Addressing state cost-shifting does not require federalization of state workers' compensation programs, indicated Burton. As indicated above, Congress could (but is not likely to do so) enact Federal standards requiring adequate PD benefits. Alternatively, it could pass legislation treating applications for cash benefits from the SSDI program in a manner roughly similar to the current federal policy for Medicare benefits when the patient's need for medical care was due at least in part to a workplace injury or disease (the Medicare Secondary Payer Act). Burton concluded that with the heavy pressure on the federal government to reform the Social Security and Medicare programs, it is not likely that Congress will ignore the idea of "pushing back" to the states what they are currently pushing onto the federal government.

Parenthetically, I would add that Chairwoman Woolsey indicated the subcommittee will be asking the GAO to do a study and issue recommendations on the impact of cost-shifting.

Issue Three: Medicare Set-Aside Arrangements

Neither the Medicare Secondary Payer Act ("the MSP") [42 U.S.C.S. § 1395y(b)], enacted in 1980, nor regulations promulgated in 1989 by DHHS, the parent agency of the Centers for Medicare and Medicaid Services (CMS), specified the procedure for establishing and filing Medicare Set-Aside Arrangements (MSAs). The essential procedure was finally set forth in a memorandum by then CMS Deputy Director Parashar B. Patel entitled "Workers' Compensation: Commutation of Future Benefits," the infamous "Patel Memo," whose tenth anniversary will be marked (and, perhaps, cursed) in July 2011. That the federal government developed enforcement of the MSP in a piecemeal fashion and did so by means of "guidance memoranda" that lack the force of statutory law (or appropriately promulgated regulations that were subjected to public scrutiny) has produced a dangerous mine field for attorneys, employers, carriers and others in the field of workers compensation (and not a few opportunities for experts providing advice on how to maneuver among the mines).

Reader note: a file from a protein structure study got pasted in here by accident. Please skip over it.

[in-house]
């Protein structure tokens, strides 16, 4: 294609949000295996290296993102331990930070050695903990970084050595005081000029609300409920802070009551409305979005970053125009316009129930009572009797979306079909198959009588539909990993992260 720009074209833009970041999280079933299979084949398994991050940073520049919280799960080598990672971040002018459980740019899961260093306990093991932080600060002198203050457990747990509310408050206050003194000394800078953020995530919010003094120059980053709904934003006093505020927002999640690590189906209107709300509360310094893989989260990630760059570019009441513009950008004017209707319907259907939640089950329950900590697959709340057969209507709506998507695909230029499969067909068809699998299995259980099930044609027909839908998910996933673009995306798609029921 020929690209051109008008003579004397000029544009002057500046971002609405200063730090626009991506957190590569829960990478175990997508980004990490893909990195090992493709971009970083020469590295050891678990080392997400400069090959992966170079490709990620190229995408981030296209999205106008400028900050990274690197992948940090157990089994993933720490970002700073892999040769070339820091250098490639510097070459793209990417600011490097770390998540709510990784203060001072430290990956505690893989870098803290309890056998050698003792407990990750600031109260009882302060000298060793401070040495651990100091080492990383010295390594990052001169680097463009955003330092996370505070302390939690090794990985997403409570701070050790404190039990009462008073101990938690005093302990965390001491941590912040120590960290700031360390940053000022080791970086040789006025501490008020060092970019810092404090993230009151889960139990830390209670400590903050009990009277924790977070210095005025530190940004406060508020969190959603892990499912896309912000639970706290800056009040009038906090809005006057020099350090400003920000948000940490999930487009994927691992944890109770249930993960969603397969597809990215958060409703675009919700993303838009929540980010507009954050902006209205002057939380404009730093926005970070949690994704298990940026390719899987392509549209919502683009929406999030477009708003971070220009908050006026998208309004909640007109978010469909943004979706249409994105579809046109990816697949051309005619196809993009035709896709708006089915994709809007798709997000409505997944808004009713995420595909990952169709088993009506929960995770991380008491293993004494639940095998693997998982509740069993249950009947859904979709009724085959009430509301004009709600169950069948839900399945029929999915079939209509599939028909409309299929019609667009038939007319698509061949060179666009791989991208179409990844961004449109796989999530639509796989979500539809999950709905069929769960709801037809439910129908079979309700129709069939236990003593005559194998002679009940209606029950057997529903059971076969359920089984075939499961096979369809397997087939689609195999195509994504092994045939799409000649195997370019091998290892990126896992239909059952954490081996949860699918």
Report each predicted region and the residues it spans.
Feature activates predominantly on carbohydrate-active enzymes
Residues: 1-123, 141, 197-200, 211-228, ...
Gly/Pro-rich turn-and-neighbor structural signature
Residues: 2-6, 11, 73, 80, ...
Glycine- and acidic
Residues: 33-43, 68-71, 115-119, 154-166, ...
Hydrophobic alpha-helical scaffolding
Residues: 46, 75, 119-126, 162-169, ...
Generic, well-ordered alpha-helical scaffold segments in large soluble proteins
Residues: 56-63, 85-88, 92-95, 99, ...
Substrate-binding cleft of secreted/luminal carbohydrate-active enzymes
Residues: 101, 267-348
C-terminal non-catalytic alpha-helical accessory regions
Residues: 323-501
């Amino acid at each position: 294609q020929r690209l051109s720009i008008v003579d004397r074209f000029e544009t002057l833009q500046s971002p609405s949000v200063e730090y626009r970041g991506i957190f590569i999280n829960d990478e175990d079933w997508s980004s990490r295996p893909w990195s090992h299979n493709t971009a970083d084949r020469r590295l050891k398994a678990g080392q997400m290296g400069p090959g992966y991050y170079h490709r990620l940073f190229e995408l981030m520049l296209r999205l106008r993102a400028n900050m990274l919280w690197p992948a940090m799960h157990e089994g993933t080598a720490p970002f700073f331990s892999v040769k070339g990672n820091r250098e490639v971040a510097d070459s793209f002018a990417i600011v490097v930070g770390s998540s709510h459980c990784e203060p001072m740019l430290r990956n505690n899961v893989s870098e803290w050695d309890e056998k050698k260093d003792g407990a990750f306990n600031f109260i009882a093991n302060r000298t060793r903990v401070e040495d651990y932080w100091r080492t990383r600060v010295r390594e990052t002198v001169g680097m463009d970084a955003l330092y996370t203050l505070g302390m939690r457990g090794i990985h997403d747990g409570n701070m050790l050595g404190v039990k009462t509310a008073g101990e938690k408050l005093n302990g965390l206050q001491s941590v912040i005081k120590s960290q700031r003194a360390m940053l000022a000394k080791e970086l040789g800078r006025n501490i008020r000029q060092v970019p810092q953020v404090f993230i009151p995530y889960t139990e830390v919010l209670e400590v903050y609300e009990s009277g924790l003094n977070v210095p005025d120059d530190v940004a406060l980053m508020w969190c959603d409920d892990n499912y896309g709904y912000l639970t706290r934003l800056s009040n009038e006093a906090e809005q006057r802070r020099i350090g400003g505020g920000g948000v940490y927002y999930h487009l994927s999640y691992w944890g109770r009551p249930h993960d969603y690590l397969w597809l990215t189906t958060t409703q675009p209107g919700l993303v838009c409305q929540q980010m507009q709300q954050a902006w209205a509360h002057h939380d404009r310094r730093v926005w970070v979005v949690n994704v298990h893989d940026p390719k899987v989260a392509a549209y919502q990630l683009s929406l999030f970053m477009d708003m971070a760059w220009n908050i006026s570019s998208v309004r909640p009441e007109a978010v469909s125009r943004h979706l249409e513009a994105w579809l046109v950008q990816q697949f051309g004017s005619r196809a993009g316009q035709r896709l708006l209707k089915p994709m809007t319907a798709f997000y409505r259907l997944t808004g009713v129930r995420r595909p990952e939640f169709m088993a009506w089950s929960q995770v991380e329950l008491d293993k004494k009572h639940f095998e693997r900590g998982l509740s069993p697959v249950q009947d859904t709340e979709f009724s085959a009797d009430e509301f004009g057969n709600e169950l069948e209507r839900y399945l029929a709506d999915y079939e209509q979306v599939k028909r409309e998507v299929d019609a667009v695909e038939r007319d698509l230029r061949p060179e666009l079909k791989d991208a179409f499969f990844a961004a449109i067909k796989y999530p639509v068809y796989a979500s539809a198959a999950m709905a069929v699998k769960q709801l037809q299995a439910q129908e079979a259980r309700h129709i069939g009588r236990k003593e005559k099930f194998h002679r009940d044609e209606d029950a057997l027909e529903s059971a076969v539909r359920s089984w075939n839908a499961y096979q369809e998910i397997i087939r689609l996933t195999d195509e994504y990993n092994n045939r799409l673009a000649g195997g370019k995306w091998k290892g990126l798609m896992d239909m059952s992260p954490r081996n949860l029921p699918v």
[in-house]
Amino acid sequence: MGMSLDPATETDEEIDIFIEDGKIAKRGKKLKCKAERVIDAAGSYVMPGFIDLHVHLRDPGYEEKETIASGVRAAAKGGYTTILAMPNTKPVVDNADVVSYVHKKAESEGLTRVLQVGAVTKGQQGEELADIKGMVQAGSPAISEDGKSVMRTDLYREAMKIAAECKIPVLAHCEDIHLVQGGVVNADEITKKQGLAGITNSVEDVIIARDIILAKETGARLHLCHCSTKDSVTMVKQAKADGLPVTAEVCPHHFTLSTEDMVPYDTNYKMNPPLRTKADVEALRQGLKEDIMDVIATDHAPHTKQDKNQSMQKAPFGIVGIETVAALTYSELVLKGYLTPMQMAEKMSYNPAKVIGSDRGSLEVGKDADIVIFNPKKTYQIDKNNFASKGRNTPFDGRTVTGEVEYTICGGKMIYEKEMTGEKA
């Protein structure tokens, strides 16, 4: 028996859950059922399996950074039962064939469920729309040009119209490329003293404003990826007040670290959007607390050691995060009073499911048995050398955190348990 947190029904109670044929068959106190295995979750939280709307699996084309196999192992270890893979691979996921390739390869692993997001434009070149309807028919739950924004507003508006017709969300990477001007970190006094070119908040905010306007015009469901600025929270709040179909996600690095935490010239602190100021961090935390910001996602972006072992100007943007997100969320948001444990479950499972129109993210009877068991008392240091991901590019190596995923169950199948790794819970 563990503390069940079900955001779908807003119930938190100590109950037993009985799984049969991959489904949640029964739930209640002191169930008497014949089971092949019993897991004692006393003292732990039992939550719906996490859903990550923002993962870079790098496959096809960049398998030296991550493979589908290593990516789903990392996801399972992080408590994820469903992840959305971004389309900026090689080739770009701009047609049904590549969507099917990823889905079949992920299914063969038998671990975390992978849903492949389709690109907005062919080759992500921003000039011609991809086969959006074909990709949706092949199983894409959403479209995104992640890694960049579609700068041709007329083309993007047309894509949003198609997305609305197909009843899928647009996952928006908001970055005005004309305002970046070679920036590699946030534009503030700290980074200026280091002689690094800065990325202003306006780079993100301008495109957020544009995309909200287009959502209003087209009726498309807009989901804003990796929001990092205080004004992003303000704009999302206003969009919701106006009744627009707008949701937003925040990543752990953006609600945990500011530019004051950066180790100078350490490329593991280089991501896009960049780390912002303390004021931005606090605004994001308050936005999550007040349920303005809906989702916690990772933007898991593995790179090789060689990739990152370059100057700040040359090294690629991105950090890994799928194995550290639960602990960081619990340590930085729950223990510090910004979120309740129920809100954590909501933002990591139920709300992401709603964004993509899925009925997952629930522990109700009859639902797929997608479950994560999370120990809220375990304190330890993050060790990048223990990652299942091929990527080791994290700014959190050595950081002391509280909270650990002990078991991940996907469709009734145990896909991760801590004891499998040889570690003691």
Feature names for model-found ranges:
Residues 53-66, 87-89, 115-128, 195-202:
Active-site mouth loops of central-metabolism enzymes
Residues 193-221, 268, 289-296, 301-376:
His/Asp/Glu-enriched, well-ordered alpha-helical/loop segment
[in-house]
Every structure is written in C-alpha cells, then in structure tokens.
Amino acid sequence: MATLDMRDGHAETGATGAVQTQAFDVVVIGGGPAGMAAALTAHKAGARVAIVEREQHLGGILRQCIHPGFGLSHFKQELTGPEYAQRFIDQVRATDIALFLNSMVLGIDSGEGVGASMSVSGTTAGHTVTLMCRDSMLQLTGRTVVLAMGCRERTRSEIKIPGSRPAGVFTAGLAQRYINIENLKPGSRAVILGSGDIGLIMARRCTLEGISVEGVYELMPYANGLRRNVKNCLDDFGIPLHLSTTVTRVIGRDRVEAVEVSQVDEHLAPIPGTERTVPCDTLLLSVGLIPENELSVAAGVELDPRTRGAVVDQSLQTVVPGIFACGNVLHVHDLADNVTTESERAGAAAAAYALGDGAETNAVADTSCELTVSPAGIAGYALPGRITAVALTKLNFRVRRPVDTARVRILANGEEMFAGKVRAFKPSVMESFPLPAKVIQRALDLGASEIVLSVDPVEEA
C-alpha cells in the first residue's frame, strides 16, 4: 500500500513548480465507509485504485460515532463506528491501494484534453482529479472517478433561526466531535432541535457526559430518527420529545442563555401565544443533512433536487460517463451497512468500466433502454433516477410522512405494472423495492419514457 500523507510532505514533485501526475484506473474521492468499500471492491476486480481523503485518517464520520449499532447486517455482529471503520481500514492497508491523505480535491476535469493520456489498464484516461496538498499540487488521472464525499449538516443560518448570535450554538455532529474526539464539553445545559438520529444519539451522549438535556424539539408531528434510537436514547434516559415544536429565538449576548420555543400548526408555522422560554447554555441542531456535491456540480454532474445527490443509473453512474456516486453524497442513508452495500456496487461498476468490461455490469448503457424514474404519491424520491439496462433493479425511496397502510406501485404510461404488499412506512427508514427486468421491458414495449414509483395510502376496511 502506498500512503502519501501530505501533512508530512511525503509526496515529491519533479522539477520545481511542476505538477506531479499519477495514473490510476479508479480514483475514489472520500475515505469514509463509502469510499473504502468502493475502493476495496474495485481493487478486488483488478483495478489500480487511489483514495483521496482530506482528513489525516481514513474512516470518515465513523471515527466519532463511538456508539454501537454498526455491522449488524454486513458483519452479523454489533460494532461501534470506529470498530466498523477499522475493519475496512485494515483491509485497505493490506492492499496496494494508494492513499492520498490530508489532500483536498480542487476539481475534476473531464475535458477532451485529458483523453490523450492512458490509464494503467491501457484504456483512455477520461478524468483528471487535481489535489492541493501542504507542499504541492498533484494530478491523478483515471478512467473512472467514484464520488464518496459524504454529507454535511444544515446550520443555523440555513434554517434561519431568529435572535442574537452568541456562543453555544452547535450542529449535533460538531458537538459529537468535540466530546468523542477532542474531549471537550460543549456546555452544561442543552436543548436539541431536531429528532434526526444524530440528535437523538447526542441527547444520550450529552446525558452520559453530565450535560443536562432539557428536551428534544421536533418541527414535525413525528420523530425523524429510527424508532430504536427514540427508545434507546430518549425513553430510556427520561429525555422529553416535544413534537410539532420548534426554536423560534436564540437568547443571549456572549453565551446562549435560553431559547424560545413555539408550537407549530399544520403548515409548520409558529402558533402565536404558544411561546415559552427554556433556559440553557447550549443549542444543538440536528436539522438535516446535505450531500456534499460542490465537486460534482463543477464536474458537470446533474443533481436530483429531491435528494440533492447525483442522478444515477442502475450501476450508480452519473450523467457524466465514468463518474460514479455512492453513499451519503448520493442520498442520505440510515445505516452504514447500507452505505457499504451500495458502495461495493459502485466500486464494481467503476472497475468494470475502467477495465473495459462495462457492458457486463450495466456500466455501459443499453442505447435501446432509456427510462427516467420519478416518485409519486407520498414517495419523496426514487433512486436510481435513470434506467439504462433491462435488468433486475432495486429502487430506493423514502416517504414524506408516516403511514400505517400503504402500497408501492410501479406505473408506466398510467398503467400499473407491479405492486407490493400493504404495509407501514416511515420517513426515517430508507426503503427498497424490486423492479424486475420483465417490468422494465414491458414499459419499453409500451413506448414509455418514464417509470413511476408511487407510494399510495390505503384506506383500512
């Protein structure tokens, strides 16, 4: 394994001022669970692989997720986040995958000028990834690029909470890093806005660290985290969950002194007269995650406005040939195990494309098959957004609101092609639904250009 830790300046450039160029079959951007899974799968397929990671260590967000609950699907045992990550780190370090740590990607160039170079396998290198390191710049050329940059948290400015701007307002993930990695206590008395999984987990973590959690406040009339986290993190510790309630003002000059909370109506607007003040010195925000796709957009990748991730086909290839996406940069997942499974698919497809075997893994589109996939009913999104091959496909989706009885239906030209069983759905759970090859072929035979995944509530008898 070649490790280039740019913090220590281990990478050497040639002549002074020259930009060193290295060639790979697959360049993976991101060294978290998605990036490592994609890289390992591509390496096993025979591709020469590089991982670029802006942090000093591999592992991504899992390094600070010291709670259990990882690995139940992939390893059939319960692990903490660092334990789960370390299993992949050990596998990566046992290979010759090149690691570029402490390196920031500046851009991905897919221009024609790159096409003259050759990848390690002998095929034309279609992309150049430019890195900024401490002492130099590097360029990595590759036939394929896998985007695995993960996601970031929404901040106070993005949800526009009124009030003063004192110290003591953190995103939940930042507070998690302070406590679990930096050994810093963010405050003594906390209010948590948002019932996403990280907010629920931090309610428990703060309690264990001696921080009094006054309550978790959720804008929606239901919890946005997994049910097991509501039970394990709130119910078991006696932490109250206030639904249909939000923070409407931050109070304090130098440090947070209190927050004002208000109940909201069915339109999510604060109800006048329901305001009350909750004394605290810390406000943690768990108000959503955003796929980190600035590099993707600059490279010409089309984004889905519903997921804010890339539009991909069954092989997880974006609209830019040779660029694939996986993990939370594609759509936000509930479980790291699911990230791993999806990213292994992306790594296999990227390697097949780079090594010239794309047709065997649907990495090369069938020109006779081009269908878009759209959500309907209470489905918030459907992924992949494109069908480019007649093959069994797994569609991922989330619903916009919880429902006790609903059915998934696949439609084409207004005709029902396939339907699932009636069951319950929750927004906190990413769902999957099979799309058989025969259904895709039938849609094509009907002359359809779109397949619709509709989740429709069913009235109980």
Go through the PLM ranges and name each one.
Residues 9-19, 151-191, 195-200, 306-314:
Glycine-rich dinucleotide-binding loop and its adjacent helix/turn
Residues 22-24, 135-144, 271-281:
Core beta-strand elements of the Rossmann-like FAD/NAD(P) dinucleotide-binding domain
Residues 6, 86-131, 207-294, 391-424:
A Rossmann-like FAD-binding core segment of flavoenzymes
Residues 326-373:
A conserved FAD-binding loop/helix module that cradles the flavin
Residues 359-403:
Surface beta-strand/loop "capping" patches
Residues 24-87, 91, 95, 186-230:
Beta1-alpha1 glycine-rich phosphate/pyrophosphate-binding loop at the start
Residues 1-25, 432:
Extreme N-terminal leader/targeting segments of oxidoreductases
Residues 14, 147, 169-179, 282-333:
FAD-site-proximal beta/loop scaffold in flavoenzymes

These issues continue to be vital to both sides in a workers' compensation dispute. For example, under the Medicare, Medicaid, and SCHIP Extension Act (MMSEA) of 2007, failure to give notice of a settlement to Medicare results in a civil money penalty of $1,000 for each day of noncompliance with respect to each claimant. The parties to a workers' compensation settlement must determine if Medicare has provided any benefits related to the claimed injury and make reimbursement. Failure to do so may result in statutory interest accruing and double damages if the government has to file suit to recover. Finally, by statute, Medicare is prohibited from making payment for treatment that is the responsibility of another party. Absent provisions for future medical treatment made at the time of settlement, injured parties may be without medical care if MSP issues are not dealt with appropriately at the time of settlement.

Pressures on the federal government for revenue, particularly within the Medicare and SSDI areas, mean more and more focus will be placed on compliance with the MSP.

Issue Four: Undocumented Workers/Illegal Aliens

Citing decisions from other jurisdictions (Illinois and New York), the Court of Appeals of Kentucky, in Abel Verdon Constr. v. Rivera, 2010 Ky. App. LEXIS 194 (Oct. 15, 2010), joined appellate courts from a number of other states (e.g., Connecticut, Florida, Ohio and Minnesota) in holding that there is no essential conflict between the Immigration Reform and Control Act of 1986 (IRCA), 8 U.S.C. § 1324a, et seq. and state workers' compensation law, which generally permits indemnity and medical benefits payments to aliens illegally employed within the state. The Kentucky court observed that Ky. Rev. Stat. Ann. § 342.640(1) defines an employee for purposes of workers' compensation benefits as “[e]very person … whether lawfully or unlawfully employed, in the service of an employer.” While IRCA made it illegal to employ anyone in the country illegally and made it a crime to falsify documents for the purpose of obtaining employment, there was no statement within IRCA that state workers' compensation law had been preempted.

A few state statutes deny or limit coverage to illegal aliens [see Idaho Code § 72-1366(19)(a), Maine Rev. Stat., tit. 39-A, § 218(8) and Wyo. Stat. Ann. § 27-14-102(a)(vii)]. Some employers argue that an injured worker who is present illegally within the United States may not be offered a job after recovery. Since they can't perform a job search, they should be disqualified from continued benefits. Others point to the fact that in some cases the jobs are procured through the use of fraudulent identification papers. Should such fraud be rewarded with workers' compensation benefits?